Seasonally adjusted (HLD 343)

1 Mar 2021

Today in Australia it’s the first day of Autumn. Our seasons change using calendar months – my in-depth research via the computer informs me that this is the meteorological seasonal method. We know that 1 March will be start of autumn, 1 June winter, 1 September spring and 1 December will be the beginning of summer.

But in other parts of the world we have lived in, their seasons change according to astronomical methods involving solstices and equinoxes. The dates of their season changes alter each year, and at very specific times. For instance, this year in the northern hemisphere, spring begins with the vernal equinox, on March 20 at 5.37am (at least according to one website I looked at – please feel free to correct me if I’m wrong!)

I do wonder whether season change days when using the astronomical method, are as definitive as when using the meteorological method?

Because I can point out any number of days when the season has changed, when the weather makes an abrupt change too. Just to let you know what’s coming…

Today, being first day of Autumn, for us was a day of heavy rain. It was quite thrilling, because the gardens haven’t seen this much moisture since the timer tap failed.

Other days when the season has changed we’ve had very hot starts to summer, chilly days for first day of winter, and so forth.

It changes back fairly quickly, as if to say “Just joking”, but we do have quite a lot of abruptly changing weather on the first day of March, June, September and December.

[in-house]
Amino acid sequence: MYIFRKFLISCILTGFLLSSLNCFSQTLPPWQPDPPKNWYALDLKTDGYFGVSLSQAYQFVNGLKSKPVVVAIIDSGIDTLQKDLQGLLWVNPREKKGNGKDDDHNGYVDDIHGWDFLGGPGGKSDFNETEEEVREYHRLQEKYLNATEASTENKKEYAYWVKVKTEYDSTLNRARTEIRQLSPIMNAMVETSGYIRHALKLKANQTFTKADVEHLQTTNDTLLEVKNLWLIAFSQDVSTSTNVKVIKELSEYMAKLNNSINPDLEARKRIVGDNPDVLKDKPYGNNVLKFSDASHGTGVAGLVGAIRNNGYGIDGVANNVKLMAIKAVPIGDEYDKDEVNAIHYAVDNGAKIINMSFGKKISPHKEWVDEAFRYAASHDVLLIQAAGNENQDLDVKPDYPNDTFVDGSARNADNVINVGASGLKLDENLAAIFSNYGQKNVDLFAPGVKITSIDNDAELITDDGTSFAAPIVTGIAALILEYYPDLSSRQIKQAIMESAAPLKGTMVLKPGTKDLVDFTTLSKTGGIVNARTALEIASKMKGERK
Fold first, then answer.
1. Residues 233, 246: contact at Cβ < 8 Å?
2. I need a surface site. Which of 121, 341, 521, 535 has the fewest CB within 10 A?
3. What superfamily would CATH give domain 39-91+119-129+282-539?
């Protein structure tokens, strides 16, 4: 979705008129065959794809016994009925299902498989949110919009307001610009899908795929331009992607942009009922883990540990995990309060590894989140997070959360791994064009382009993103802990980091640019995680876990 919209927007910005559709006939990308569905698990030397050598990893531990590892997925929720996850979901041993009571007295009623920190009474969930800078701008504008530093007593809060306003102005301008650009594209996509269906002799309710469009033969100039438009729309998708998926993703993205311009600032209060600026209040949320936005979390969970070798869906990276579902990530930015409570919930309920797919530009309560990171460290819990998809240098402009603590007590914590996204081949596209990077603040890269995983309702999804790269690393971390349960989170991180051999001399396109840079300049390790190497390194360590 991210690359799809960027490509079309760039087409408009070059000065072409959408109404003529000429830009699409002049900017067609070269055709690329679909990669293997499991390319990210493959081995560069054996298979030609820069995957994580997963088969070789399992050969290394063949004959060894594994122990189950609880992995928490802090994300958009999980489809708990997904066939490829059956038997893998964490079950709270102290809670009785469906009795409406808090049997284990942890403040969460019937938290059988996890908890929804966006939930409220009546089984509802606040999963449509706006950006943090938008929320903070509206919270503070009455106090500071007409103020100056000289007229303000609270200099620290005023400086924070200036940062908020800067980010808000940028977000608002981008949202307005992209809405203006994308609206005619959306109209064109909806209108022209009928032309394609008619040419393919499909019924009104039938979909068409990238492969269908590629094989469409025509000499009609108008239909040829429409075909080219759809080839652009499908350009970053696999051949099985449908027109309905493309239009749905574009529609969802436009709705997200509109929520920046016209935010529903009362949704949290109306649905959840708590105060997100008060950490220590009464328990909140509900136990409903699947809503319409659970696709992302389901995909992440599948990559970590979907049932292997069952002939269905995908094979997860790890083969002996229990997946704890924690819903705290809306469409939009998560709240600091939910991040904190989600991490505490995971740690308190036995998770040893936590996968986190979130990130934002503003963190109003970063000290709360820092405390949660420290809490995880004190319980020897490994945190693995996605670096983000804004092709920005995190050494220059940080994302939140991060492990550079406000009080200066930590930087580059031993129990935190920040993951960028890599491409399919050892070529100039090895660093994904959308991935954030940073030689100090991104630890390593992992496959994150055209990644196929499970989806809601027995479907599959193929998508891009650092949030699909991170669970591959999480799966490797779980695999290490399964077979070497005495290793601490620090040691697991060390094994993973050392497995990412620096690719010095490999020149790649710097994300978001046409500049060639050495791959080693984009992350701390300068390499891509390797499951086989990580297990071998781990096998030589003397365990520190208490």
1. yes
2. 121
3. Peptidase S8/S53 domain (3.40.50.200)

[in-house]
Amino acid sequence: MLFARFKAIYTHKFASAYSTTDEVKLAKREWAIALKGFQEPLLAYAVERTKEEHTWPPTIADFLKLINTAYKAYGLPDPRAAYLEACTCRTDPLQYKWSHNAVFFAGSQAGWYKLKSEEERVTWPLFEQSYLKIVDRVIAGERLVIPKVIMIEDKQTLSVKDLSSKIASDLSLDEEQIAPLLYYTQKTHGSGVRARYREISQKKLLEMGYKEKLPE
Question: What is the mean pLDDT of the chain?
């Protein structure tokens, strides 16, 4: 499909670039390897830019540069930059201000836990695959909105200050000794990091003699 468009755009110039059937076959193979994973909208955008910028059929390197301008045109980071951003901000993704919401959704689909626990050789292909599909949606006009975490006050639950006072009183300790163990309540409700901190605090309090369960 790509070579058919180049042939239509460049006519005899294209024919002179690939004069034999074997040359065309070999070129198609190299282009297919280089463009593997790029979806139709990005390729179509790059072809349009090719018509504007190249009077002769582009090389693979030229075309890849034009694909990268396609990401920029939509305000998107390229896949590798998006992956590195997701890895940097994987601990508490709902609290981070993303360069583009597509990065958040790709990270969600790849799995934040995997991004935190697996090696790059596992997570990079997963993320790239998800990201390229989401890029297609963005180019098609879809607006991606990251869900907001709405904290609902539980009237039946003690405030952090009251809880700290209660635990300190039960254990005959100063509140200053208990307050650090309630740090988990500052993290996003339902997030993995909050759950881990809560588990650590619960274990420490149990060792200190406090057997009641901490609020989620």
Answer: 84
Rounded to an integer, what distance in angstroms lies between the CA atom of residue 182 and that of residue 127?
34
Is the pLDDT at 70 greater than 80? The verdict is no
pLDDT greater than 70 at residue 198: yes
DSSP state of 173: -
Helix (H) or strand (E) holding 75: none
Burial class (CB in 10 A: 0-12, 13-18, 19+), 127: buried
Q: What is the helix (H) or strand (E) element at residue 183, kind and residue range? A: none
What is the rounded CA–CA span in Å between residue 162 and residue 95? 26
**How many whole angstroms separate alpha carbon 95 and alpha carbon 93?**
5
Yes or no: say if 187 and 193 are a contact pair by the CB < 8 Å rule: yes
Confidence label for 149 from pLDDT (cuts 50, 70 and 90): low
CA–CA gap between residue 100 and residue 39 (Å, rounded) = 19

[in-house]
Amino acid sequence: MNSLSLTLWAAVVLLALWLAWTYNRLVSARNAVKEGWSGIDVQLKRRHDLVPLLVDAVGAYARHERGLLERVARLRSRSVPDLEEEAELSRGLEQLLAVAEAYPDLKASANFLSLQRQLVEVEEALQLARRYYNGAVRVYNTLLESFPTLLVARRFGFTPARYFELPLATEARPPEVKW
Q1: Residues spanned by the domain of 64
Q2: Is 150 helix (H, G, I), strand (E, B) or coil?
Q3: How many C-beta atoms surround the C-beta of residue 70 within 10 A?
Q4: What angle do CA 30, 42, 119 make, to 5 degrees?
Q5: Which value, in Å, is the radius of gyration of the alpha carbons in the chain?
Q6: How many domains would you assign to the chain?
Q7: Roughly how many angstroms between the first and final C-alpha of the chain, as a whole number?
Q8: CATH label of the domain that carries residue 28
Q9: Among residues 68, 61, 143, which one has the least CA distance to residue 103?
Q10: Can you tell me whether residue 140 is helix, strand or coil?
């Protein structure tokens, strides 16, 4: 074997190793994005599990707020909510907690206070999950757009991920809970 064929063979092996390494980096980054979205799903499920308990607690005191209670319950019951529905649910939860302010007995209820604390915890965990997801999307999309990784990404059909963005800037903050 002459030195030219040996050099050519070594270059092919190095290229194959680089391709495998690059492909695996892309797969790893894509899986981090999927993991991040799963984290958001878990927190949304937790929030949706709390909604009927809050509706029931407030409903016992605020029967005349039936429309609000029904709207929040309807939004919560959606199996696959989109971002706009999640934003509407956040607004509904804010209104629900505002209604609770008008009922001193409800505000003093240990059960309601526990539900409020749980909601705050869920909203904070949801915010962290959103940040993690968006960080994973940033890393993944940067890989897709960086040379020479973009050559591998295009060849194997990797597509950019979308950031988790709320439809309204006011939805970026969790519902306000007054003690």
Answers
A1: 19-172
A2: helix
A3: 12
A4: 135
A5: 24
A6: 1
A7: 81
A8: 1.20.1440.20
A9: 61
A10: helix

Of course, I haven’t done a lot of research into this matter. If you had thought you were reading an insightful and well researched document, you really had too much wine for breakfast.

Our indigenous seasons seem a lot better thought out – and to be fair, they’ve had a lot longer to work out how the weather works in this part of the world.

Our local Nyoongar country follow the following seasons – Birak (Dec/Jan, first summer, season of the young, dry and hot), Bunuru (Feb/Mar, second summer, season of adolescence, hottest part of the year), Djeran (Apr/May, autumn, season of adulthood, cooler weather begins), Makuru (Jun/Jul, winter, season of fertility), Djilba (Aug/Sep, first spring, season of conception), and Kambarang (Oct/Nov, second spring, season of birth).

The indigenous people will tell you what to watch out for in each of these seasons, what will be flowering, what the wind will be doing, and so forth. It’s all very sensible and logical and fits perfectly with the local environment.

Doesn’t explain why I need my umbrella on 1st March, though!!!

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